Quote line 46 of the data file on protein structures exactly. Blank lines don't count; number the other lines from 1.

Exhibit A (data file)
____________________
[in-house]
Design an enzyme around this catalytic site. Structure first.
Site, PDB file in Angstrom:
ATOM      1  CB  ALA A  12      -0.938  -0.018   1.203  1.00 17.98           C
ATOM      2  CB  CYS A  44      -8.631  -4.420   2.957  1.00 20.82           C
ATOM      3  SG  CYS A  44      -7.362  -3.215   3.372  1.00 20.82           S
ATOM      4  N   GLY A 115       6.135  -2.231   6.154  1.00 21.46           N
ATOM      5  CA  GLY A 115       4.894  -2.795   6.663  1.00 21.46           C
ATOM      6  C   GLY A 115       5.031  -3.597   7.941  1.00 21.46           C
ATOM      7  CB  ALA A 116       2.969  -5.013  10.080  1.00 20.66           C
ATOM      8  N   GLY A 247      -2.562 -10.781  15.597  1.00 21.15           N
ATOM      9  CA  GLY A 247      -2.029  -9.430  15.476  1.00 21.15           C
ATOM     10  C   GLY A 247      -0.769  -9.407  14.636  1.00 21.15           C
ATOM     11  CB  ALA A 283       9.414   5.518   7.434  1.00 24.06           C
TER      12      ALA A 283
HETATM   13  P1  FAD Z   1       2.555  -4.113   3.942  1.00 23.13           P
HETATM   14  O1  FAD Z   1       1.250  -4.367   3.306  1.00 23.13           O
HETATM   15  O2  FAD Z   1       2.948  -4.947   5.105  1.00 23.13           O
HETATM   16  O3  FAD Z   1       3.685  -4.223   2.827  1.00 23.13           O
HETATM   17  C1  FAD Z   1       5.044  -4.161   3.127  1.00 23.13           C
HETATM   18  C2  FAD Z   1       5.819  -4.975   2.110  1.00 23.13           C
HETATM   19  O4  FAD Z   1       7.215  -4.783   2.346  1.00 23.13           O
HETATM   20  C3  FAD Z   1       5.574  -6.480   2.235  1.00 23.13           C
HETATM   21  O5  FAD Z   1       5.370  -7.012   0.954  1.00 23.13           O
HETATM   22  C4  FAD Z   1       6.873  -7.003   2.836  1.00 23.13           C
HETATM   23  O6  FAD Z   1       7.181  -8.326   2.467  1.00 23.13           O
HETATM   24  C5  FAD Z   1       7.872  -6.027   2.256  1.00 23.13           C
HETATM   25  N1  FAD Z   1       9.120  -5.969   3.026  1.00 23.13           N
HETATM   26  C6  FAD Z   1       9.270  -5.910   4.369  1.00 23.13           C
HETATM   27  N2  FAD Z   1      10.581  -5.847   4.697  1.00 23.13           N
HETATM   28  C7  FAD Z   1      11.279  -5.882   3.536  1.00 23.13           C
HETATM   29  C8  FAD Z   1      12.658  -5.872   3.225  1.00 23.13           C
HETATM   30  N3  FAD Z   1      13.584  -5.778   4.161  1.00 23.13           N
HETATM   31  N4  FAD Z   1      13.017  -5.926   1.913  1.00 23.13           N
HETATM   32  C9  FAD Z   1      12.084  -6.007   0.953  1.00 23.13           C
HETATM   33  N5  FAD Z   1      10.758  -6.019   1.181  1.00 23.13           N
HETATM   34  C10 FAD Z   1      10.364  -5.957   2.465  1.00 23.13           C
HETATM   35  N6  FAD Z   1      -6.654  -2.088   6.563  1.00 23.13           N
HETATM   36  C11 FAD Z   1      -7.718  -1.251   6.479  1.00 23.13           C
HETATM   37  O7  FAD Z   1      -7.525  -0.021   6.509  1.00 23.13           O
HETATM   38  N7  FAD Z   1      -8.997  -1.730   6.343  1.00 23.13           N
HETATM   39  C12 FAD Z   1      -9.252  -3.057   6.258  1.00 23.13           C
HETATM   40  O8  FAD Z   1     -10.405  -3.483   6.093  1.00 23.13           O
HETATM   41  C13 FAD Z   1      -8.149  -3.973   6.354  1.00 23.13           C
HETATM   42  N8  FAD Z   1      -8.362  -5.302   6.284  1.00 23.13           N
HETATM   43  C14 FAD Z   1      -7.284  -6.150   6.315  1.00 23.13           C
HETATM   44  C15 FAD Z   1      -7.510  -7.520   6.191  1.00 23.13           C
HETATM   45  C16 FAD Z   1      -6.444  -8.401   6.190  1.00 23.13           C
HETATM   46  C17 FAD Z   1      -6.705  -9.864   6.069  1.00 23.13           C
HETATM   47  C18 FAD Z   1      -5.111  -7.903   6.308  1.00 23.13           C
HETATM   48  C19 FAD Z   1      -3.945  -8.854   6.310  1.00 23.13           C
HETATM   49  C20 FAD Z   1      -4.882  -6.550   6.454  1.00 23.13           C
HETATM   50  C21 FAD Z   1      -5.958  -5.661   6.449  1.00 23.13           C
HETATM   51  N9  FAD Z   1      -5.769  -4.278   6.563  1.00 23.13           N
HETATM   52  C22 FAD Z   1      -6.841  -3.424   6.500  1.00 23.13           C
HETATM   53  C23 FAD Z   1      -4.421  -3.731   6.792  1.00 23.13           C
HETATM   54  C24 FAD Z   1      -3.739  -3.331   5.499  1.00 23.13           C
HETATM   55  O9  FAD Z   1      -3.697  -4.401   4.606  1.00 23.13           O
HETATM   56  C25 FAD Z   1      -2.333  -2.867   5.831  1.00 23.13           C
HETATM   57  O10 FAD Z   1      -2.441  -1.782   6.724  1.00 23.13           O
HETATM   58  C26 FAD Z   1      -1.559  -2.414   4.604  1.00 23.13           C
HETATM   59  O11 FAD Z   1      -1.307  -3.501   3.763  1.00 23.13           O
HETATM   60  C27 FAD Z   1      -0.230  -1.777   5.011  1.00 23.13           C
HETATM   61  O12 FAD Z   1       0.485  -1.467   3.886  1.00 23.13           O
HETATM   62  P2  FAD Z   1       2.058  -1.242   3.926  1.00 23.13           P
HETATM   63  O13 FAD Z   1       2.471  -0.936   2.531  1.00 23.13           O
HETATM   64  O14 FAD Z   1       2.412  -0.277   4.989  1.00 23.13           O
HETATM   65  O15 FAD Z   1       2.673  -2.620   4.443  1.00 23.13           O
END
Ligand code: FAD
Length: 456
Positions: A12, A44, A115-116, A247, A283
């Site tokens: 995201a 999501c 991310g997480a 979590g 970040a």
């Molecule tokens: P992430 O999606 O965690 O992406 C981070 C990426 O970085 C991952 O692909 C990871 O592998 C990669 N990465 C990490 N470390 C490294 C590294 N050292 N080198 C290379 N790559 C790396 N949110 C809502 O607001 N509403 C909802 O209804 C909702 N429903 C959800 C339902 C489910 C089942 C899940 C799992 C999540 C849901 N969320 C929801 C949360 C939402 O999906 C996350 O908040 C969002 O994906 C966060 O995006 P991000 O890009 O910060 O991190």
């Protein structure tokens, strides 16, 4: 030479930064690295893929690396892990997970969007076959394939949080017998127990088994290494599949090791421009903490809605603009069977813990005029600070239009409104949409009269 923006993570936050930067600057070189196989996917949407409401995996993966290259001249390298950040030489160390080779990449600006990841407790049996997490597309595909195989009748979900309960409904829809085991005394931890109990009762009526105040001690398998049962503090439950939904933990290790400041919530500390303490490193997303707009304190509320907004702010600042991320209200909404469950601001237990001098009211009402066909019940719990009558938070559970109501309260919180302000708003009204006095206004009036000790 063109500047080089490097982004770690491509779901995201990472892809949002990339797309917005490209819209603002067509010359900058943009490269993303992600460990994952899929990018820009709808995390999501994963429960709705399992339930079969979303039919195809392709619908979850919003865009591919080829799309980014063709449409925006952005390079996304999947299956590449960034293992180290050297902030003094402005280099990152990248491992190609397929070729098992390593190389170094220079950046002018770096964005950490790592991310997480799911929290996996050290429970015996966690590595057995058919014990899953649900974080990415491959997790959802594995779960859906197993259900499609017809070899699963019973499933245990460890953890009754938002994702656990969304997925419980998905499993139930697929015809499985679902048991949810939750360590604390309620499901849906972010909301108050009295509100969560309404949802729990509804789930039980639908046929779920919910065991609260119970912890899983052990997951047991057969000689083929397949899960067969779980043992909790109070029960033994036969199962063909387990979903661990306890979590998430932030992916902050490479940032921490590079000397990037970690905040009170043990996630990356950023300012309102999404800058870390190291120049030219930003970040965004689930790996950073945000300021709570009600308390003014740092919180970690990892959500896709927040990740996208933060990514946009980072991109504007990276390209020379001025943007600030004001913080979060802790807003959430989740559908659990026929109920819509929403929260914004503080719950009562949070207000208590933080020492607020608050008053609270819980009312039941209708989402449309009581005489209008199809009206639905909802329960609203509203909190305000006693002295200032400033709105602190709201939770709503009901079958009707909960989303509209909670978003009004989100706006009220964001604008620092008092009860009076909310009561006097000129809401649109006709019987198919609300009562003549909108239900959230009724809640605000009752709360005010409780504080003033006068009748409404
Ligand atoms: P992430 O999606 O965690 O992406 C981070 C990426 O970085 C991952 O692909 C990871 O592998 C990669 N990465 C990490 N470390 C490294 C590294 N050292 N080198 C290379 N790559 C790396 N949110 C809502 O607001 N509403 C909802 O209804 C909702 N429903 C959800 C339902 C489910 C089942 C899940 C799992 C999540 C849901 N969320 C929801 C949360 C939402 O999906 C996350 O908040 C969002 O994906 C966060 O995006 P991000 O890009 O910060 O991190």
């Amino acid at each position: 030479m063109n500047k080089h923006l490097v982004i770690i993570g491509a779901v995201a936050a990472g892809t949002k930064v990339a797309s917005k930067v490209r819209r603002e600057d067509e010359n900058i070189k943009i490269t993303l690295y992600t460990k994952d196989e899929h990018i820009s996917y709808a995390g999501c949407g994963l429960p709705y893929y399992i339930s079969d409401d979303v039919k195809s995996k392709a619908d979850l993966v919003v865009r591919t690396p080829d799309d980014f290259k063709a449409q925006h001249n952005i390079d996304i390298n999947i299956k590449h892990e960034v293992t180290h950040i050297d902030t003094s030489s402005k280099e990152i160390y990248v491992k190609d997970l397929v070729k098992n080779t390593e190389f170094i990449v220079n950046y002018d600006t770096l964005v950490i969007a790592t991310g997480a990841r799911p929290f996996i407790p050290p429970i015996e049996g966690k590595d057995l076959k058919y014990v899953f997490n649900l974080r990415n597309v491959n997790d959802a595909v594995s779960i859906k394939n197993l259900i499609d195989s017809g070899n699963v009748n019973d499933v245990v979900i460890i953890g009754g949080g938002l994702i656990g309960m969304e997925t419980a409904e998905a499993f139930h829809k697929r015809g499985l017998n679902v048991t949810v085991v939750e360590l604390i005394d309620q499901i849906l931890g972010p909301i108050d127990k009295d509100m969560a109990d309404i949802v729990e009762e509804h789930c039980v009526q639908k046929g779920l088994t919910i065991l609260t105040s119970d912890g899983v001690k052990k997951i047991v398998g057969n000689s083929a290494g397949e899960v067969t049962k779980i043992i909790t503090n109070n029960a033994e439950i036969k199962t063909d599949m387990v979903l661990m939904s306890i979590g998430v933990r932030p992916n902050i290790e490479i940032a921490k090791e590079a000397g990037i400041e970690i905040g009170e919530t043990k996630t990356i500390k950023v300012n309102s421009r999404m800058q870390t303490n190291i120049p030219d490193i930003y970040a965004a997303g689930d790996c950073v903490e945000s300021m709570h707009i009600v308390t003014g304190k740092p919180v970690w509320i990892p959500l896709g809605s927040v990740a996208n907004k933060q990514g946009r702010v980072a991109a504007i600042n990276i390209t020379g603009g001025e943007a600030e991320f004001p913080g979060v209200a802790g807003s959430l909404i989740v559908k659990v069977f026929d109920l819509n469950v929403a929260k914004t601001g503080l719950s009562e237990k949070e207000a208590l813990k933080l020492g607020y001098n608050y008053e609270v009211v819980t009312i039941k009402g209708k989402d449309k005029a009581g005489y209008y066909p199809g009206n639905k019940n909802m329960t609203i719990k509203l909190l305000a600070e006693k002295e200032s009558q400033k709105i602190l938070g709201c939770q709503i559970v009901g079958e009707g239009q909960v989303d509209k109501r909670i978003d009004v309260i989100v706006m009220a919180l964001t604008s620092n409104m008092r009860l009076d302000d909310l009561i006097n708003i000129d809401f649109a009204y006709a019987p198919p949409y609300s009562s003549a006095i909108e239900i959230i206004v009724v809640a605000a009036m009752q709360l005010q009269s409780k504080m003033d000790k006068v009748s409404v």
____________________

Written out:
HETATM   43  C14 FAD Z   1      -7.284  -6.150   6.315  1.00 23.13           C